Our knowledge of the pathways that regulate p21 is extensive. A variety of mechanisms operate at the transcriptional, post-transcriptional and post-translational levels in different cell types and under different conditions to dictate the level of p21. In this manuscript, we demonstrate that hdm2-dependent p21 protein turnover can control p21 accumulation in S and G2 phase and prevent the elaboration of a p53-induced, p21-dependent cell cycle arrest in response to DNA damage at that time.
Using selective synchrony methods based on either cell volume (elutriation) or DNA content (cell sorting), we enriched populations of cells in each phase of the cell cycle and showed that p21 accumulation was curtailed in S phase in transformed, immortalized and normal cells following exposure to ionizing radiation. Ionizing radiation induces double-strand DNA breaks, leading to activation of chk2 and a number of downstream checkpoints dependent on p53, cdc25A, BRCA1 or Nbs1.1
Our finding that p53-induced p21 accumulation was dependent on the phase of the cell cycle is consistent with the prior observation of Deptala and colleagues,16,20
who examined p53 and p21 accumulation in MCF7 cells treated with camptothecin. However, our results extend their finding by showing that p53 was in the nucleus and transcriptionally active in S-phase cells, but a proteolytic barrier prevented p21 protein accumulation.
The effect of cell cycle phase on p53 activation had been studied by a number of groups. Gottifredi et al. reported that a transcriptional blockade prevented p53-induced-accumulation of p21 but not other p53 targets in S-phase RKO cells.21
These investigators also reported that a proteolytic mechanism could contribute in other cell types,13,14
but the molecular nature of this mechanism was not addressed. The translocation of p53 to the nucleus may also be regulated in some cells.22
p21 protein turnover is regulated by a number of pathways, with both ubiquitin-dependent and ubiquitin-independent mechanisms contributing to its regulation in S-phase cells. These include a WISp39-associated chaperone pathway,23
and an hdm2-dependent pathway.27,28
Overwhelming cellular, biochemical and genetic evidence indicates that p27 is a bona fide substrate for SCFskp2
in S and G2
and, although it is generally accepted that skp2 can regulate p21 in cycling cells as well, the evidence for this is largely drawn from the observation that p21 levels rise in quiescent serum-deprived, skp2-deficient mouse embryo fibroblasts induced to re-enter the cell cycle.24
Our inability to define a similar S-phase role for skp2 may reflect cell type- or species-specific differences or, because we can see a strong G2
-phase role for skp2 and a more modest one for G1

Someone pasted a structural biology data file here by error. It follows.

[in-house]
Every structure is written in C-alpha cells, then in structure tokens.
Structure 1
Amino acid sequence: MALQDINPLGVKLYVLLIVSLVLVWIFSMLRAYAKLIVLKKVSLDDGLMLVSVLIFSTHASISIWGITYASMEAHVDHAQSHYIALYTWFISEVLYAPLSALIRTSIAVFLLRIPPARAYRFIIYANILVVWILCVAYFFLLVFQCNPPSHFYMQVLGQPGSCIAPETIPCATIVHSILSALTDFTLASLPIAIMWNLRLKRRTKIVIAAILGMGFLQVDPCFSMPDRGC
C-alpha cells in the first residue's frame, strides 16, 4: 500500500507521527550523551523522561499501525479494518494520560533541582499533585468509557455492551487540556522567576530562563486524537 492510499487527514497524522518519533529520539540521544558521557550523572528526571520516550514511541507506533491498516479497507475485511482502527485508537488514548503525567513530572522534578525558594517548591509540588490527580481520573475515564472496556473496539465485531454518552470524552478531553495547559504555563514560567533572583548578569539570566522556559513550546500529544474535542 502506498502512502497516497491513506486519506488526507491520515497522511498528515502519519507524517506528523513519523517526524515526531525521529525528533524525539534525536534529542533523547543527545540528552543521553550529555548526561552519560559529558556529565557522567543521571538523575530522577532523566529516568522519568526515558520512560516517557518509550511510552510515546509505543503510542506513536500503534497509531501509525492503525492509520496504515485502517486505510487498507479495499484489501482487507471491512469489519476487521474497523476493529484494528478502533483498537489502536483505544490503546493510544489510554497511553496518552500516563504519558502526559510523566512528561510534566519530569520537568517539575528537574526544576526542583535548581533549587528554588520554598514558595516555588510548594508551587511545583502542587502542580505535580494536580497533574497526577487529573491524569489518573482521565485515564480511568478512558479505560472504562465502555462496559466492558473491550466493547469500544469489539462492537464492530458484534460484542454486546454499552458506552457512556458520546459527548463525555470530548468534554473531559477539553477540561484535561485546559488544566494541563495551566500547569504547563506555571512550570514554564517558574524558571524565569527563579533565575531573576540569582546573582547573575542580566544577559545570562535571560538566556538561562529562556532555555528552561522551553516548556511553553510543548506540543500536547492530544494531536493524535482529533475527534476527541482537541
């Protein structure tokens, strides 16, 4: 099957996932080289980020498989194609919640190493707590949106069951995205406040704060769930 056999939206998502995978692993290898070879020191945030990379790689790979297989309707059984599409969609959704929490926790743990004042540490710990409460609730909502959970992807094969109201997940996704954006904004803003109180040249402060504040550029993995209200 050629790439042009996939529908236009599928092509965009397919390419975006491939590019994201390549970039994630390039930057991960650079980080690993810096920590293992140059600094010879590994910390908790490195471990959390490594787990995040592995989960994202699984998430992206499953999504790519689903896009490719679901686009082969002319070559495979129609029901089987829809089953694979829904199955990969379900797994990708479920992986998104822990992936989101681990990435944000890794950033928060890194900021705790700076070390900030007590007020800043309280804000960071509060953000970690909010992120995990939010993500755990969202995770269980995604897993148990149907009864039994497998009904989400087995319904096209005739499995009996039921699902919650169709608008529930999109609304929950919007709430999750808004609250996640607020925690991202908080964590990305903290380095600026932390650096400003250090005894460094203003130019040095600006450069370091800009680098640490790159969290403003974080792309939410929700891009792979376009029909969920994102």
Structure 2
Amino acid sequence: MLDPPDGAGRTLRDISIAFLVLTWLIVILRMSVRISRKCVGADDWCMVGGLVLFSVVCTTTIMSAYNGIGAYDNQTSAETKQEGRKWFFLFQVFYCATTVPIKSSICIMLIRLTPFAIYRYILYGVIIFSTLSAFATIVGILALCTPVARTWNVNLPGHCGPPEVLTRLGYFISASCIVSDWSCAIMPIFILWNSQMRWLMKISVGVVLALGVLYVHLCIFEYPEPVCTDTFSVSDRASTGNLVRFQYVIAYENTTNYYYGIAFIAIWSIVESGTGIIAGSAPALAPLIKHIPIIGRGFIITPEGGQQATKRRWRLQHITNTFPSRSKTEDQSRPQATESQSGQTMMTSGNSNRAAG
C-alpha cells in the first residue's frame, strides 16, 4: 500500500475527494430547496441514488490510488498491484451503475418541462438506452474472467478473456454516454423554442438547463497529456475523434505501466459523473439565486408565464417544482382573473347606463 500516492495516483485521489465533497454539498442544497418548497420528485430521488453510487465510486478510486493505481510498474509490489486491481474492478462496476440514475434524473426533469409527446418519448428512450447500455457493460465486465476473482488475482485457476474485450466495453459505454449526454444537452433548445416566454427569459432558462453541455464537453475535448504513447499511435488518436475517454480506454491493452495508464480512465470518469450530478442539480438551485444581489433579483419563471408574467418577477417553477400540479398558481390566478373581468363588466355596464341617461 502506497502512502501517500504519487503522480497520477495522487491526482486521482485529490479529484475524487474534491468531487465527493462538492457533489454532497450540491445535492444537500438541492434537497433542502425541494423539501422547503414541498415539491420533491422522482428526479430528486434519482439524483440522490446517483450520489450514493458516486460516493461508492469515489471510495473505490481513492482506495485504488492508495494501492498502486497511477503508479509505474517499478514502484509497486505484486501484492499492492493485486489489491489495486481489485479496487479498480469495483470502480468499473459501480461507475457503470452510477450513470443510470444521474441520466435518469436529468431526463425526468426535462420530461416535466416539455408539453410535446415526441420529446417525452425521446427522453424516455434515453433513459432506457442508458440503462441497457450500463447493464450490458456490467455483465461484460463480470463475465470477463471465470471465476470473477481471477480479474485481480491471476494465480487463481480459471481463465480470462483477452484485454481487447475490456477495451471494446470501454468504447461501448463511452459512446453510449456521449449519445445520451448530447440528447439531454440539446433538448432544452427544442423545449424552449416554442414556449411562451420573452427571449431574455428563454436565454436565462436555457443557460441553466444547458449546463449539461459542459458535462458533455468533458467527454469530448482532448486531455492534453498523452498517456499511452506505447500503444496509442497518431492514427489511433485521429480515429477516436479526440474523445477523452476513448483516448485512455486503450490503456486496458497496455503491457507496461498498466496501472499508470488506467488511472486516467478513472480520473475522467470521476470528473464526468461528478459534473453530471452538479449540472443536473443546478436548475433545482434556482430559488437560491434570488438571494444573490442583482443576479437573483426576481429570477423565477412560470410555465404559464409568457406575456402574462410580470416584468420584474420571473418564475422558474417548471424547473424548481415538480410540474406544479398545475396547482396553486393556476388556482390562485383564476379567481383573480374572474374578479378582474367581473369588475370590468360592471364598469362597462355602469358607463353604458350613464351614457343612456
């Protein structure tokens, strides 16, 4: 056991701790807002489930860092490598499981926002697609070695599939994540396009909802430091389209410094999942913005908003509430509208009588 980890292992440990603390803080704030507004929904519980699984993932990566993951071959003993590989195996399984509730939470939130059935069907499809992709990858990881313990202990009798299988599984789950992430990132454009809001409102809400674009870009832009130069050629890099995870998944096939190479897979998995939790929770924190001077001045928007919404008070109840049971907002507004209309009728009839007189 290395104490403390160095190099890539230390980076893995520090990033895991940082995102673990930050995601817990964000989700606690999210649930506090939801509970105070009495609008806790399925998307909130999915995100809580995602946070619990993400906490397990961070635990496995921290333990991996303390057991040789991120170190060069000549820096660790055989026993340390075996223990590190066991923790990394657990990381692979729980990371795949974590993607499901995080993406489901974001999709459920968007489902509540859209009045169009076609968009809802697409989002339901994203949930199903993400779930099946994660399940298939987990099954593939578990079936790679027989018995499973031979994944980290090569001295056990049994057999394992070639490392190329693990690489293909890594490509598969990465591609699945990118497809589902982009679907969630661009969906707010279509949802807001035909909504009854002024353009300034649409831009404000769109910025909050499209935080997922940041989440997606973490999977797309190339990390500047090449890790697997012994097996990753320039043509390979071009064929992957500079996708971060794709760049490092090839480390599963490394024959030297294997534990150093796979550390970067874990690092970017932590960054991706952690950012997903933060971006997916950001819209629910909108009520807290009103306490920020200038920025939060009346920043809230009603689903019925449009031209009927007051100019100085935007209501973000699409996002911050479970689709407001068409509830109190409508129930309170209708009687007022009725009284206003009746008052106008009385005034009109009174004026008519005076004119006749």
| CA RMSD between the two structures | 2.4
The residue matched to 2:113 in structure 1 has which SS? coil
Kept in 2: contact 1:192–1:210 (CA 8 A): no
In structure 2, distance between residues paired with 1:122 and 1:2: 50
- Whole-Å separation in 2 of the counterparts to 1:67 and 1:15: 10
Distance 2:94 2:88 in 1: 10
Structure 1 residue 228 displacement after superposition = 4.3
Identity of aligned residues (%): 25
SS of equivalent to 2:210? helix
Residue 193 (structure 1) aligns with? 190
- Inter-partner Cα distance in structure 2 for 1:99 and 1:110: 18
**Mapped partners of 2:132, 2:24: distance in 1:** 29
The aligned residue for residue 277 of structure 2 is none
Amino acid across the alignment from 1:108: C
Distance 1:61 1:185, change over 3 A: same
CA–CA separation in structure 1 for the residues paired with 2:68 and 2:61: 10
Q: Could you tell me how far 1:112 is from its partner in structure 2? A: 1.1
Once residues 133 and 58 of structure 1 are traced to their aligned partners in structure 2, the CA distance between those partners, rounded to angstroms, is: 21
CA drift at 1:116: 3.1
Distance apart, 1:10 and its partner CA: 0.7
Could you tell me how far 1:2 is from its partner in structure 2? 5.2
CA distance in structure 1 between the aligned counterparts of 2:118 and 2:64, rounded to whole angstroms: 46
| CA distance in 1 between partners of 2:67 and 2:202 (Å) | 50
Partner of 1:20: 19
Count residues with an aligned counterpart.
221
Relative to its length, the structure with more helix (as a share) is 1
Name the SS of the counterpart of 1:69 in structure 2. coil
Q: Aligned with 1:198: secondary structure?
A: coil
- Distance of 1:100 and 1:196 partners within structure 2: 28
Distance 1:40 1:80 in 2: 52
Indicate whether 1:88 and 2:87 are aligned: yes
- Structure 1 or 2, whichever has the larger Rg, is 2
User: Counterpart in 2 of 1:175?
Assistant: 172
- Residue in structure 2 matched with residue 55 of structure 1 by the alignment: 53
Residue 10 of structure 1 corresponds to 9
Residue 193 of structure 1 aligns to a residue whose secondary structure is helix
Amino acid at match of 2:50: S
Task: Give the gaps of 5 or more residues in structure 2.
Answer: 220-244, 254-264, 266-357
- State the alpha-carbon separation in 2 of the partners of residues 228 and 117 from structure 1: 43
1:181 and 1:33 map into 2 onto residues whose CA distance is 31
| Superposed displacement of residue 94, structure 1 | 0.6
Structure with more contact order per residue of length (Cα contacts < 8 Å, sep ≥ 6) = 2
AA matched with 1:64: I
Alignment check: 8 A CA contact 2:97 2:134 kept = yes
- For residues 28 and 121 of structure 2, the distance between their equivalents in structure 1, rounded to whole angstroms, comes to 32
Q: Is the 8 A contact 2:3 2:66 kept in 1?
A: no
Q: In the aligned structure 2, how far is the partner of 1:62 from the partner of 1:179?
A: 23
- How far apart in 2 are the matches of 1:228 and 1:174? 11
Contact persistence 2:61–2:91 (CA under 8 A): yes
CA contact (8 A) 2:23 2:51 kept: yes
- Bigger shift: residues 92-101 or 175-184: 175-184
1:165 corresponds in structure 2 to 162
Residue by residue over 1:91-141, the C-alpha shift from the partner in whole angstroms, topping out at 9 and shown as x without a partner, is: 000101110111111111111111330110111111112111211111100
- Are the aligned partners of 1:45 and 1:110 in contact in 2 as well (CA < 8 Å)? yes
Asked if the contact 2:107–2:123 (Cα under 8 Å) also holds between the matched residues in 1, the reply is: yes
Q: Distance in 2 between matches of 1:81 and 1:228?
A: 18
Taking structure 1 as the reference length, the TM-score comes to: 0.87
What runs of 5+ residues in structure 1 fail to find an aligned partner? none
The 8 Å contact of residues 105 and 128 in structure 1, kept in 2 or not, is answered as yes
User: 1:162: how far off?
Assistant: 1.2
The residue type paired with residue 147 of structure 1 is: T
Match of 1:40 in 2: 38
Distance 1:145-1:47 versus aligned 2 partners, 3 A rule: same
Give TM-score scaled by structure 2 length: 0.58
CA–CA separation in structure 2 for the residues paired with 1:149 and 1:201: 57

-phase, could reflect the purity of the populations that were studied by Bornstein and colleagues. For example, the degree of synchronization obtained in mouse embryo fibroblasts by serum starvation/release protocols is not sufficient to eliminate G1
cell contamination, when skp2 promotes p21 turnover.
Hdm2 can regulate p21 accumulation in two ways. Indirectly, hdm2 ubiquitinates p53, targeting it for degradation; reducing hdm2 can increase p53-dependent transcription of p21. More directly, hdm2 can bind p21 and target it to the proteasome for degradation.27,28
We noted that neither p53-dependent transcription of p21 nor the accumulation of hdm2 was affected by cell cycle phase; however, in S-phase cells, unlike G1
cells, the p53-dependent accumulation of p21 was limited by hdm2. This raises an interesting question as to what cell cycle phase-dependent events are controlling the ability of hdm2 to promote p21 turnover.
Are their additional factors missing in G1
cells? Are there factors that are present in G1
cells preventing turnover? To address such questions in the future, we are attempting to develop an in vitro hdm2-p21 turnover system that will allow the biochemical identification of such factors (or modifications) and validate their effect in cellular systems. Additionally, given recent reports that the mTOR signaling environment could affect the outcome of p53 induction vis a vis reversible growth arrest or irreversible senescence,35,36
it is reasonable to speculate that cell cycle phase-specific differences in the signaling environment might also impact mdm2-dependent turnover of p21. Consistent with this, we note that LY294002 and PD98059 were able to inhibit G1
accumulation of p21 protein, although the accumulation of mdm2 mRNA and protein were unaffected (Bhakta R and Koff A, unpublished data). In contrast, neither of these compounds, nor rapamycin, induced S-phase accumulation of p21 in treated cells. This suggests that the activity of PI3-kinase and MEK pathways may be required to control hdm2-p21 turnover events.
Having such an S- and G2-phase dependent proteolytic mechanism is consistent with the findings that persistent blockade of cdk activity in S phase can lead to apoptosis (Shapiro 2006). Thus, the presence of the hdm2-dependent regulatory mechanism to eliminate p21 may allow for the dominance of cdc25-dependent mechanisms to inhibit kinases, a process which is more easily reversible. Thus, unraveling the pathways that prevent p21 turnover in S phase may allow us to consider therapeutic strategies that would drive a cell toward apoptosis through p21-mediated inhibition of cdk activity in S phase.